How Much Does It Cost to Get a Real Estate License in Idaho?

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There are quite a few expenses associated with acquiring a real estate license in Idaho.

They include: pre-licensing coursework price, application costs, expenses you’ll incur when renewing the license, and others.

In this article, we’ve tallied up all the price tags so you can map out your budget.

Keep reading to gain a stronger understanding of the financial investment involved in obtaining a real estate license in the state.


Getting Your License

Pre-Licensing Coursework: $300-$700

Since this is the first step toward getting your real estate license in Idaho, plan to complete the pre-licensing coursework first.

Based on which type of licensing you’re going for, the cost of your pre-licensing education is different. The 90 total hours you need for your salesperson license can cost a little more.

The salesperson requirement is broken down into two modules that are 45 hours each. The broker requirement, meanwhile, includes the following courses:

  • Broker Management (28 hours)
  • Real Estate Law (30 hours)
  • Two electives from a pre-approved list (hours vary)

To gain access to all pre-licensing educational opportunities, use our directory of the best real estate schools in Idaho and choose one near your location.


Fingerprinting/Background Check: $61.25

Most people going for a real estate license in Idaho get their fingerprints done at their actual testing site.

The Idaho Real Estate Commission (IREC) will also send you a packet to complete fingerprinting on your own.

To get it done the day you take the real estate license exam, you’ll need to make an advance appointment through Pearson VUE.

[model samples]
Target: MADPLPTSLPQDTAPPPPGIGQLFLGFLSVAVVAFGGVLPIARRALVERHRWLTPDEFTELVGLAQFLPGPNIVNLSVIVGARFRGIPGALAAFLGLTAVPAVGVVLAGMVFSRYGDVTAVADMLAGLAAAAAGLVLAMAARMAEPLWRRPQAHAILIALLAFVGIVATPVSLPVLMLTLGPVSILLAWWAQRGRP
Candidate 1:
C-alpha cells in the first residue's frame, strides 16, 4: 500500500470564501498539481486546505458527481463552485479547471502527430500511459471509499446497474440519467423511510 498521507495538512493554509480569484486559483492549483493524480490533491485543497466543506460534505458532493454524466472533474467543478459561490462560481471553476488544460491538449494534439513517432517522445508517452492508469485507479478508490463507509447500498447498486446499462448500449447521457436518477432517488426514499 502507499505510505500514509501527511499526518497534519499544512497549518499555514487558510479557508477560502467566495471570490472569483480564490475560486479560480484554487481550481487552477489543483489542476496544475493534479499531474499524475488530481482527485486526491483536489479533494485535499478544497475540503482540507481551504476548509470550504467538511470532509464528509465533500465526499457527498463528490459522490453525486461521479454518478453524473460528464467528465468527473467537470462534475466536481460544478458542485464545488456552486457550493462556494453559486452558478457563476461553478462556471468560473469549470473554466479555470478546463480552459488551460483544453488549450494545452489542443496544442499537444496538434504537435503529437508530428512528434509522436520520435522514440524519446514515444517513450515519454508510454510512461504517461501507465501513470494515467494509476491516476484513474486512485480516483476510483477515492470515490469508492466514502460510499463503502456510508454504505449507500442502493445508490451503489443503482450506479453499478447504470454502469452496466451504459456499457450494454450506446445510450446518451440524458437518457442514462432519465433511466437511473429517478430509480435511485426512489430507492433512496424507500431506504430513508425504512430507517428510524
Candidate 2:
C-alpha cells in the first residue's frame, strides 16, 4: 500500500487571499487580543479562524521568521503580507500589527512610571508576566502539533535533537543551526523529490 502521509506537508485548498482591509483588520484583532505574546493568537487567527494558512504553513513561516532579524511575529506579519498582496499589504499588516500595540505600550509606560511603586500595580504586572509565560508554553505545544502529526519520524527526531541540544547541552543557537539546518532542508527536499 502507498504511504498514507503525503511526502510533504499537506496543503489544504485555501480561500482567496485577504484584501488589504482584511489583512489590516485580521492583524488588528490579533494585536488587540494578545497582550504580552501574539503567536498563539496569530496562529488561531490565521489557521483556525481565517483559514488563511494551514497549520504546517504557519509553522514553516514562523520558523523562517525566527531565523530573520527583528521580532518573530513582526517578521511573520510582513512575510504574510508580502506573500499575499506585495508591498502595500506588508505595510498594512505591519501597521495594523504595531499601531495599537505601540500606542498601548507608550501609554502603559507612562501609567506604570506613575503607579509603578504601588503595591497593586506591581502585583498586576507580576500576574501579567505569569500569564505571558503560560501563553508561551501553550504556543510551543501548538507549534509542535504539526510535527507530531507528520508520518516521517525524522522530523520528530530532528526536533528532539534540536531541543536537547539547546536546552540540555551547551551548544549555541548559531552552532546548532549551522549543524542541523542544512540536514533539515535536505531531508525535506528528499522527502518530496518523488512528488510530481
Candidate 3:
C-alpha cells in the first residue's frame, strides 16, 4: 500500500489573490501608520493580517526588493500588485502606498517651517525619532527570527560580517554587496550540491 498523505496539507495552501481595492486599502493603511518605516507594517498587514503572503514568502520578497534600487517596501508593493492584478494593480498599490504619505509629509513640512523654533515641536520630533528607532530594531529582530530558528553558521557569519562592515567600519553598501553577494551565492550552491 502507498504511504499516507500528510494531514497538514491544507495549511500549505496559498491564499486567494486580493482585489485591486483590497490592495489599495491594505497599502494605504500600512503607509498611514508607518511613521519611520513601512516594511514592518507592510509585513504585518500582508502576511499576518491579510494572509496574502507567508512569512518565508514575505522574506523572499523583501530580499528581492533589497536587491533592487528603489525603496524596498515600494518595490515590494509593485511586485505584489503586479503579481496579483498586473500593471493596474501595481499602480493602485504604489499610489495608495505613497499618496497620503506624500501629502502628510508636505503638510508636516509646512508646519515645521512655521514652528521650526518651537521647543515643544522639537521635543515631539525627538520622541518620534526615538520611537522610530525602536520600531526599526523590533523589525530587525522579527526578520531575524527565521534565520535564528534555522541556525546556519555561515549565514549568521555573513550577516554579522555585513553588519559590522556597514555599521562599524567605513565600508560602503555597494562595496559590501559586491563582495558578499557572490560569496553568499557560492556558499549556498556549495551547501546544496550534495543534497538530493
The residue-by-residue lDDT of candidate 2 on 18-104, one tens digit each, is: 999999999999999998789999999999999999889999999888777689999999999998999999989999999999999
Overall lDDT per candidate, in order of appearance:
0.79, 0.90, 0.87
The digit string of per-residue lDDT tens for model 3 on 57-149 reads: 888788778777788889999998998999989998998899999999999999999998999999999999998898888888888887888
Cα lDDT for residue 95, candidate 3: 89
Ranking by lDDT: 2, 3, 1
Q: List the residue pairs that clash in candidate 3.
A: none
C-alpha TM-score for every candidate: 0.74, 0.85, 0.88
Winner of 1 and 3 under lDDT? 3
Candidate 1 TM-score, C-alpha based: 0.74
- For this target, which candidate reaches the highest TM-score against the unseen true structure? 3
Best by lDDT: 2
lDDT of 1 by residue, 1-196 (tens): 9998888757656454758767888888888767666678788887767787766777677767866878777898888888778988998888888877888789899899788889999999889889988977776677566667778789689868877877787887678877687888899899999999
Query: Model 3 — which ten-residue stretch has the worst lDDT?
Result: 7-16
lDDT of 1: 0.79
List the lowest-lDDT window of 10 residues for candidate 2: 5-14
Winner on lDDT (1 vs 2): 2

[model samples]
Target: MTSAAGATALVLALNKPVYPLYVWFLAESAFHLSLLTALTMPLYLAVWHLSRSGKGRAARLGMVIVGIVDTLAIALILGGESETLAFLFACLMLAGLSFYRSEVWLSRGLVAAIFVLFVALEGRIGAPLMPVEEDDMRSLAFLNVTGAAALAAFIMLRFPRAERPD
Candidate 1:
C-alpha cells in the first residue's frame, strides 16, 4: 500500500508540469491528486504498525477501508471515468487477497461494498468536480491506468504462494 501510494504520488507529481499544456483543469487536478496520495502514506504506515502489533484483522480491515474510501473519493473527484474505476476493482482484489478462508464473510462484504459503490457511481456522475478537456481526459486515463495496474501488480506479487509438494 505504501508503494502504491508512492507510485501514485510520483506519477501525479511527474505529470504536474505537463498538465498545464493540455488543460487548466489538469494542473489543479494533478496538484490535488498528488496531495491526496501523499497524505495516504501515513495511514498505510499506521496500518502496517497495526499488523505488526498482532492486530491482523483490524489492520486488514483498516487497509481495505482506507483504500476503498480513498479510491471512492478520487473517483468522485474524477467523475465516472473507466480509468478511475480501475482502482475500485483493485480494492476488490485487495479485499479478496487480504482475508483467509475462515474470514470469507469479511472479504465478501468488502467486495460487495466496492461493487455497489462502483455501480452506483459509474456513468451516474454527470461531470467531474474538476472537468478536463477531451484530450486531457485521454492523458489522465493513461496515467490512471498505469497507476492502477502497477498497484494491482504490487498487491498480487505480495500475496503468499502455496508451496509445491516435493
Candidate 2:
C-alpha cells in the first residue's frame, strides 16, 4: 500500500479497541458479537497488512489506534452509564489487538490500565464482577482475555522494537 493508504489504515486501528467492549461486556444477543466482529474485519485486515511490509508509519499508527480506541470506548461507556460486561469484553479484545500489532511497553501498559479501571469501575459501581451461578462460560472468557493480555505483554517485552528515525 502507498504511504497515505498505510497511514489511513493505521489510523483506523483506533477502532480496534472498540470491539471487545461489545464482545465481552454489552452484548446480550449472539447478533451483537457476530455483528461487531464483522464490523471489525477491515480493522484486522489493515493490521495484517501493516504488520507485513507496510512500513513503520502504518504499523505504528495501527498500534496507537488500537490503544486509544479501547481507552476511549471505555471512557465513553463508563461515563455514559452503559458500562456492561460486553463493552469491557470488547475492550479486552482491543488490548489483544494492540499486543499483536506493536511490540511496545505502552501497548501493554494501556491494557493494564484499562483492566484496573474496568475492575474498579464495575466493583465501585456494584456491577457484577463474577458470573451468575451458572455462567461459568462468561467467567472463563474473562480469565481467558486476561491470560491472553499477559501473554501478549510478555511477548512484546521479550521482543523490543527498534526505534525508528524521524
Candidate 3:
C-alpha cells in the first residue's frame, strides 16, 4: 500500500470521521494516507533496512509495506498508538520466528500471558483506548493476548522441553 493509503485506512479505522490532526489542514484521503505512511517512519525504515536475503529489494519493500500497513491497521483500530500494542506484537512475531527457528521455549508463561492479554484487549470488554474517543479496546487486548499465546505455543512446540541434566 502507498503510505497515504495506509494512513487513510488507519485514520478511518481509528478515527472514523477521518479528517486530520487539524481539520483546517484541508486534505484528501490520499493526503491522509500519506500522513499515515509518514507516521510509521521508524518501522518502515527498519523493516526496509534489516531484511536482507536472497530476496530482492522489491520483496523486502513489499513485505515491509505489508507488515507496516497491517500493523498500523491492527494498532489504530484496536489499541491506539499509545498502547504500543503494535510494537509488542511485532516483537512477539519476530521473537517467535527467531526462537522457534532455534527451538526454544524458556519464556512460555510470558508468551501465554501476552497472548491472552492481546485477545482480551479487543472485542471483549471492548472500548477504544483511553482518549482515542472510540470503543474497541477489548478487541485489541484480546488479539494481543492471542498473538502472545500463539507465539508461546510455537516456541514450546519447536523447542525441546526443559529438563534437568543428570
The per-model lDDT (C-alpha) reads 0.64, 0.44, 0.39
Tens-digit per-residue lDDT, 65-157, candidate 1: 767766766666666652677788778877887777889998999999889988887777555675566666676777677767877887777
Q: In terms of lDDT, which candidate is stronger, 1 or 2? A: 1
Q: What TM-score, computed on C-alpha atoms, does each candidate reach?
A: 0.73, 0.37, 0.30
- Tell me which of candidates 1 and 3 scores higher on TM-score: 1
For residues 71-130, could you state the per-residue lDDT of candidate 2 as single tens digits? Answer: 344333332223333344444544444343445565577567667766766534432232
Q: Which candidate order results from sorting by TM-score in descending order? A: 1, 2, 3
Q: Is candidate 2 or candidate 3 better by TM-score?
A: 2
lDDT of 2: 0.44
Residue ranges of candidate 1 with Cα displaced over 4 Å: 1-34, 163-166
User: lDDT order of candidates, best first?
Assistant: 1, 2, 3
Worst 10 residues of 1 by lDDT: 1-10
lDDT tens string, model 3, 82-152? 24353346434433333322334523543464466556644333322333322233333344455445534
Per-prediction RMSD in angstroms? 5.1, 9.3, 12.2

The $61.25 fee is the same regardless of the type of license you’re getting, and processing can take anywhere from 1-12 weeks.

We have a guide that provides details on the background check for real estate license in Idaho.


Exam Fee: $80

Idaho offers their real estate license exam through Pearson VUE. The cost, no matter what license you’re getting, is $80.

You can register for the exam online or by calling the testing site at 877-540-5833. On your actual test day, plan to arrive at least 30 minutes early to sign in.

You’ll need two forms of ID to sit for the license exam. One must have your picture and signature and have not expired. The other only needs to be active and have your signature.

You have a total of four hours to complete both parts of the salesperson or broker license exams. Each exam is broken into two parts — a national section and a state one.

The national section for both tests is 150 minutes long, while the state portion is only 90 minutes.


Exam Retake: $80

In order to pass the salesperson license exam, you must receive a minimum score of 70 percent. For the broker license, the minimum score is 75 percent.

Once you complete the exam, you’ll receive a score report marked ‘pass’ or ‘fail’. If you fail one or both parts, your score report will include additional information on your performance.

To retake any part of the exam, you’ll need to contact Pearson VUE to schedule the test. You must wait 24 hours after receiving a failing grade to do so.

There’s no limit on retakes, and the cost is always $80 per test, whether you’re retaking one or both sections.

If you only fail one section, you have a year to pass it. Once that time limit expires, you’ll need to take, and pass, both sections to move on in the licensing process.

To avoid retakes, read our article on how to pass the Idaho real estate exam the first time.


License Application: $160

The license application fee of $160 is the same for both a salesperson license and a broker license. However, you can’t submit your application until you pass your fingerprint check.

To keep an eye on the status of your fingerprints, create an account at IREC online services.

Through this platform, you can track fingerprint status, as well as license history and education records.

When the status reads RES-OK for your fingerprints, you can then send in your license application.


Errors & Omissions Insurance: $13+

To activate your real estate license in Idaho, you must carry E&O insurance. You can purchase a policy through the IREC, or get covered under the firm you’re working for.

If you go with the IREC policy, the annual fee is $155. The price will vary by month the first time you purchase the insurance.